7. Janmashtami: This festival marks the birth of Lord Krishna. Devotees fast, sing devotional songs, and participate in various cultural events. In some places, people enact scenes from Krishna's life.

  8. Onam: Primarily celebrated in the state of Kerala, Onam is a harvest festival. It involves elaborate feasts, traditional dance (Kathakali), and boat races.

  9. Pongal/Makar Sankranti: Celebrated in South India, Pongal is a harvest festival. In other parts of India, it is known as Makar Sankranti. People prepare a special dish called Pongal, and there are festivities involving kite flying and bonfires.

  10. Lohri: Celebrated in Northern India, Lohri marks the end of winter. Bonfires are lit, and people sing and dance around them. It is also associated with the harvest season.

These are just a few examples, and there are many more regional and cultural festivals celebrated throughout India, each with its unique customs and traditions.

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  1. Victory of Good over Evil: Diwali commemorates the triumph of Lord Rama, along with his wife Sita and loyal companion Hanuman, over the demon king Ravana. According to the Hindu epic Ramayana, Rama returns to his kingdom of Ayodhya after defeating Ravana, who had kidnapped Sita. The people of Ayodhya welcomed Rama by lighting lamps, and this tradition continues in Diwali celebrations.

  2. Celebration of Light: The lighting of lamps and candles during Diwali symbolizes the victory of light over darkness and the dispelling of ignorance. Homes, streets, and public places are adorned with colorful lights and earthen lamps (diyas) to signify the spiritual victory of light.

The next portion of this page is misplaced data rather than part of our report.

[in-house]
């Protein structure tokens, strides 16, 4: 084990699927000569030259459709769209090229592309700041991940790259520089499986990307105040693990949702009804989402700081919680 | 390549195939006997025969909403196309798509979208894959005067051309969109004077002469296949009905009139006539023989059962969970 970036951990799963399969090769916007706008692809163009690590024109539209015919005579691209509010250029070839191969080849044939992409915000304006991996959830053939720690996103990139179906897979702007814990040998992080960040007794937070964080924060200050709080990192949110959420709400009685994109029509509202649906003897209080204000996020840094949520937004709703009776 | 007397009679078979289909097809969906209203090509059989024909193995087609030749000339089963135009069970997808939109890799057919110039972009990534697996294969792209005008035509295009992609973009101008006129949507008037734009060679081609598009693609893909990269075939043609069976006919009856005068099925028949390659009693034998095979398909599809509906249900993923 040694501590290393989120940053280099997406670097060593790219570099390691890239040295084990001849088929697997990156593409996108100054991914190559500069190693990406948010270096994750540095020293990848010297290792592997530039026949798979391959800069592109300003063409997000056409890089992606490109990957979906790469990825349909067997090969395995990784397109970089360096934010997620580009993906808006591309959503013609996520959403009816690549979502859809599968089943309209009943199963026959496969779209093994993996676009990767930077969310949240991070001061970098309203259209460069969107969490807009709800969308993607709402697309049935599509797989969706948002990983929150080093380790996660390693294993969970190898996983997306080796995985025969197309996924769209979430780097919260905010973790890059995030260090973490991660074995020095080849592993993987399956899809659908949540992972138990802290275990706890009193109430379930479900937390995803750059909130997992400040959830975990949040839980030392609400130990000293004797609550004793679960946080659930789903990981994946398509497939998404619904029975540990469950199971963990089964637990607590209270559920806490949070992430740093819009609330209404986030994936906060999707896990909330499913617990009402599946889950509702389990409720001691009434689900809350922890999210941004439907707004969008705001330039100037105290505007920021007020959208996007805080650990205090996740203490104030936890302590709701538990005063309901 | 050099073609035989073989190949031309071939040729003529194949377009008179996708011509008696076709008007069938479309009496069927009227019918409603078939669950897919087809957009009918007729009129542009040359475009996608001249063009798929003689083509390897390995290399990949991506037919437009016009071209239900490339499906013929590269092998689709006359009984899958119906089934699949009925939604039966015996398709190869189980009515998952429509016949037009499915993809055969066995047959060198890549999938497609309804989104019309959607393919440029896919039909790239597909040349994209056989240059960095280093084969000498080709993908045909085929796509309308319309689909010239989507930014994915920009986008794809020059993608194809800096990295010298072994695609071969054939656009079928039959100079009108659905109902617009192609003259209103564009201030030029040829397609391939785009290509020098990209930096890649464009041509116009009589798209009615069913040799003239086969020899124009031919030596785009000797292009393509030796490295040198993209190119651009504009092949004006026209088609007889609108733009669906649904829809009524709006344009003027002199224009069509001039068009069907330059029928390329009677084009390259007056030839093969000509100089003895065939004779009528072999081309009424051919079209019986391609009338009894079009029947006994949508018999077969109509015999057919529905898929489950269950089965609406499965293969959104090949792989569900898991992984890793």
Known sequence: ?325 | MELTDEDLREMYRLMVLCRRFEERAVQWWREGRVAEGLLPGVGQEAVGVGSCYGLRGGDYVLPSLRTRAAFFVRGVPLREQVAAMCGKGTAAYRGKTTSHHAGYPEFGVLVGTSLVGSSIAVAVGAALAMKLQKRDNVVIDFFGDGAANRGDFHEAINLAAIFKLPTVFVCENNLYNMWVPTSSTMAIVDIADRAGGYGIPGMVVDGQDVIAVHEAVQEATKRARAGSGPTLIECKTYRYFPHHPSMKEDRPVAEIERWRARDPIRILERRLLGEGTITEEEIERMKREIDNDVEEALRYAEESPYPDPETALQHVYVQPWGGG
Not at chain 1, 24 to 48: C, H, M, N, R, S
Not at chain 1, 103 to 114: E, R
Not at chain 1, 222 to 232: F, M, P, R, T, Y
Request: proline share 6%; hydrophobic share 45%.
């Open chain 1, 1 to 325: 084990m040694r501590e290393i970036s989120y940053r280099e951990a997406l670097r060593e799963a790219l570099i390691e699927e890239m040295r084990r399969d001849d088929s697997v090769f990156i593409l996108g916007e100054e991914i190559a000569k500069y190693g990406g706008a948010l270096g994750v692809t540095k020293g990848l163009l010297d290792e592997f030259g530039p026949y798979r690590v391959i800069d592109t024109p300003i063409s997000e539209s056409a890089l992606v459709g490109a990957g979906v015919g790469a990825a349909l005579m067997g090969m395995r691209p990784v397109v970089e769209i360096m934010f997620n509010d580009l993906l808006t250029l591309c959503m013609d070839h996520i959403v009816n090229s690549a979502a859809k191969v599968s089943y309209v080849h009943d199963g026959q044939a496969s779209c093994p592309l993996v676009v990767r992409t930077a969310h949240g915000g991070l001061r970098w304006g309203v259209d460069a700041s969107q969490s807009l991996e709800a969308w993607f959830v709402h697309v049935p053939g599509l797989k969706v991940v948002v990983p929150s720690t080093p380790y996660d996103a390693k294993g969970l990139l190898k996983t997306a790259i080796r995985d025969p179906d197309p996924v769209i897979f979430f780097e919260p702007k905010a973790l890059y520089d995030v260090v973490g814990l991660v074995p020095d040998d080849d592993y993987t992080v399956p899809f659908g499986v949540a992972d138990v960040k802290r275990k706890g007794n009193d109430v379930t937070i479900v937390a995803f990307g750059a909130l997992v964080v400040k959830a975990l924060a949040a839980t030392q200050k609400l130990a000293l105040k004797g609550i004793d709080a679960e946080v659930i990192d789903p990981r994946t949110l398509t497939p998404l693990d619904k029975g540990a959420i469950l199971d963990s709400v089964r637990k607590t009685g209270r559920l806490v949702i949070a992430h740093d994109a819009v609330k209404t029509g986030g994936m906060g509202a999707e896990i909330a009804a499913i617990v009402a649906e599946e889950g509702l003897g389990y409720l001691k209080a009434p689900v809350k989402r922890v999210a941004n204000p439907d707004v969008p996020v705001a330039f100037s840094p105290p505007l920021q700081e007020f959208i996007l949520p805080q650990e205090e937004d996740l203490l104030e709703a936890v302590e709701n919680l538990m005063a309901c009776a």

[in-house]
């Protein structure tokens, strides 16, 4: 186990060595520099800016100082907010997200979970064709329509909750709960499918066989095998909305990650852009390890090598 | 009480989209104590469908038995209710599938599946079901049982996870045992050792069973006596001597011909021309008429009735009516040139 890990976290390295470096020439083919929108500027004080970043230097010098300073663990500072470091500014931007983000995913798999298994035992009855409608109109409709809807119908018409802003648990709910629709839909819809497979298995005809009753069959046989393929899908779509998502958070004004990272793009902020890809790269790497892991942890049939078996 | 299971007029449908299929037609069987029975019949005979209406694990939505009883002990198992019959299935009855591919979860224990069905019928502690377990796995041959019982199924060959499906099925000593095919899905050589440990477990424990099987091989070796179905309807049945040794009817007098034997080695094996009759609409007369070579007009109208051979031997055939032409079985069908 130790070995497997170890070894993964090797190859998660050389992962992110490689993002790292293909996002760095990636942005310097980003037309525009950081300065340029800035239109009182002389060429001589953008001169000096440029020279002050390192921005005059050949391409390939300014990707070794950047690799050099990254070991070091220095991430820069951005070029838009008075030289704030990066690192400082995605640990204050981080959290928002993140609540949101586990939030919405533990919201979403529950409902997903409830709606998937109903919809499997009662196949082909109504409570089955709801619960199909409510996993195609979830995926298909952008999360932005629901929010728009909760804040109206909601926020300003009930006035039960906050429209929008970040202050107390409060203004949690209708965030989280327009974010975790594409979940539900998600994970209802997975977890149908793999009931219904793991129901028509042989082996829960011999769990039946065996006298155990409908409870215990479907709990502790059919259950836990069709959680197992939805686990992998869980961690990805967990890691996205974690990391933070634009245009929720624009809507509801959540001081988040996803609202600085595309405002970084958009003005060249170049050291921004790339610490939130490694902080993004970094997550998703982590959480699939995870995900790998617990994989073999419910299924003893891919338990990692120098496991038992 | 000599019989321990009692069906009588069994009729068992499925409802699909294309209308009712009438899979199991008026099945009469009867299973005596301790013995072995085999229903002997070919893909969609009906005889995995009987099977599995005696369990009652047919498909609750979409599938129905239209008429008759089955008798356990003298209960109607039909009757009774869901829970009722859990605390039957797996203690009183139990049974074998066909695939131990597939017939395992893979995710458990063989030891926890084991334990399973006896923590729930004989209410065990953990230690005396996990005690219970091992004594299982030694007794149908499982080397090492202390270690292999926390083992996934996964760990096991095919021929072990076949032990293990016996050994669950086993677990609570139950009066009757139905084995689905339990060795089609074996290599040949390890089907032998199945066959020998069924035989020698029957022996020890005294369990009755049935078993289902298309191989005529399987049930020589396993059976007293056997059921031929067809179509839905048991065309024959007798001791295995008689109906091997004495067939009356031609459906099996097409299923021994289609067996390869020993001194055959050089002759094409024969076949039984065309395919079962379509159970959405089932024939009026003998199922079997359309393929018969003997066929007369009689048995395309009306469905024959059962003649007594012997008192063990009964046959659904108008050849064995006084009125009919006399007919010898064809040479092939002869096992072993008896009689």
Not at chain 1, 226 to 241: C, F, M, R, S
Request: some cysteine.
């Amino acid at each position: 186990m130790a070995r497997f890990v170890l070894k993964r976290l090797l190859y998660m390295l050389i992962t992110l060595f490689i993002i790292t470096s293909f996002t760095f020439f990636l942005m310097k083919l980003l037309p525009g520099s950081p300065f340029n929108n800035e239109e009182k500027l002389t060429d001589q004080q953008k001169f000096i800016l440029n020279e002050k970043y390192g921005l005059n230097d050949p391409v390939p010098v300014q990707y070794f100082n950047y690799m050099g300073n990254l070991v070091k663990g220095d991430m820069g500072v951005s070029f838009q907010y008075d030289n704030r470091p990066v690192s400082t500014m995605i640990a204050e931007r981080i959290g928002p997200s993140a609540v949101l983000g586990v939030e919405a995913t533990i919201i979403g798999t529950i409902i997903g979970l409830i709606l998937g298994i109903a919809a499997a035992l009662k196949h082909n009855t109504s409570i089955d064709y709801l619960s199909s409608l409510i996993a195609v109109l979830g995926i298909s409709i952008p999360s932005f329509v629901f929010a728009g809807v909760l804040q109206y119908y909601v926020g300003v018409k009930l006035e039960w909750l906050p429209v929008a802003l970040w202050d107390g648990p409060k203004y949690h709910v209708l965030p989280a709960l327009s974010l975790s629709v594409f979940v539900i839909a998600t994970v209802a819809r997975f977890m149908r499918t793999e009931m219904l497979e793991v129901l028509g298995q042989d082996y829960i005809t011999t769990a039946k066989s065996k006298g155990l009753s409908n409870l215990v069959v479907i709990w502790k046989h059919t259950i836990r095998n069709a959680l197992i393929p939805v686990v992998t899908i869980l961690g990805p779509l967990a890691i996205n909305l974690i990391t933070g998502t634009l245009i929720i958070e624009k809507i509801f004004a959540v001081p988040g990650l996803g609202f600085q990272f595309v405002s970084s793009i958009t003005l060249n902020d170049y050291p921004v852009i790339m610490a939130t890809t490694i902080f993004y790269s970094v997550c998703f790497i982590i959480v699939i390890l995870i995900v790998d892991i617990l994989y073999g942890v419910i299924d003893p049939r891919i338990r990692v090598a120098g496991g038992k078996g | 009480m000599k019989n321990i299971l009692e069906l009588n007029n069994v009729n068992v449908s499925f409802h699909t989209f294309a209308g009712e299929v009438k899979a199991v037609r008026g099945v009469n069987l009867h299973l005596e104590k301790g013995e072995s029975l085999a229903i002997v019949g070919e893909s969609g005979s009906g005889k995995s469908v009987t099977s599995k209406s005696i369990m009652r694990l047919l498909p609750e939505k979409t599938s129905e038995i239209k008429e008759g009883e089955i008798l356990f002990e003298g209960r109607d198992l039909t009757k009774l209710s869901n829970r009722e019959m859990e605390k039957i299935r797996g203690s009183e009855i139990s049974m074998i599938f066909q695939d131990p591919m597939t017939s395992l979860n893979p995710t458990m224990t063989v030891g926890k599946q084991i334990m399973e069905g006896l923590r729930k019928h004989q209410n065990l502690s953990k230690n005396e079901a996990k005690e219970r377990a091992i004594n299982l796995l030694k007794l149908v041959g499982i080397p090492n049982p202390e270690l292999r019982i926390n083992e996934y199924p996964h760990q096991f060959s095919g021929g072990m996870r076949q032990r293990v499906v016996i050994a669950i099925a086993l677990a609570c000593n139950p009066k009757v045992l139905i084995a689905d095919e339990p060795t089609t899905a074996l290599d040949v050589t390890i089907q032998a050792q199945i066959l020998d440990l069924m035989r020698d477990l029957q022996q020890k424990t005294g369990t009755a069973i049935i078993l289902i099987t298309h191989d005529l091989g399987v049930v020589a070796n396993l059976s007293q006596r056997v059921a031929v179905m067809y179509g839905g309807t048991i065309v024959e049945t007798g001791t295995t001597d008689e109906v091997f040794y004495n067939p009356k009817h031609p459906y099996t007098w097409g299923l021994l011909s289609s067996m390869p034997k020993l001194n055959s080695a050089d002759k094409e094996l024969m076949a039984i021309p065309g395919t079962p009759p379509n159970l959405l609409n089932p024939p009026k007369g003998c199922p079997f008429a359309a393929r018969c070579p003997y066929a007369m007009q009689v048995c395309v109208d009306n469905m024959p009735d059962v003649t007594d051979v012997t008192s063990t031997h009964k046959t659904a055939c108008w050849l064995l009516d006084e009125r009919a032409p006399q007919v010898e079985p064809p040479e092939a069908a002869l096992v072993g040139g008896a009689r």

3. Goddess Lakshmi's Blessings: Diwali is also associated with the worship of Goddess Lakshmi, the Hindu goddess of wealth and prosperity. It is believed that on the night of Diwali, Goddess Lakshmi visits homes that are clean and well-lit, bringing prosperity and good fortune. Devotees perform puja (worship) to seek her blessings for wealth and happiness.

  4. Renewal of Relationships: Diwali is a time for families and friends to come together. People exchange gifts, sweets, and good wishes. It is considered a time to forgive and forget, renew relationships, and start anew.

  5. Cultural and Social Significance: Diwali is not only a religious festival but also has cultural and social significance. It is celebrated by people of various communities and religions across India and even in other parts of the world where there is a significant Indian diaspora.

  6. Symbol of Unity: Diwali brings people together, transcending religious and regional boundaries. The festival is celebrated with great enthusiasm and joy, fostering a sense of unity and shared cultural heritage.

  7. Harvest Festival: In some regions, Diwali is also celebrated as a harvest festival, marking the end of the agricultural season. Farmers express gratitude for the bountiful harvest and pray for prosperity in the coming seasons.

Overall, Diwali is a time of joy, illumination, and spiritual reflection. It is celebrated with various rituals, decorations, feasts, and cultural activities that vary across different regions and communities.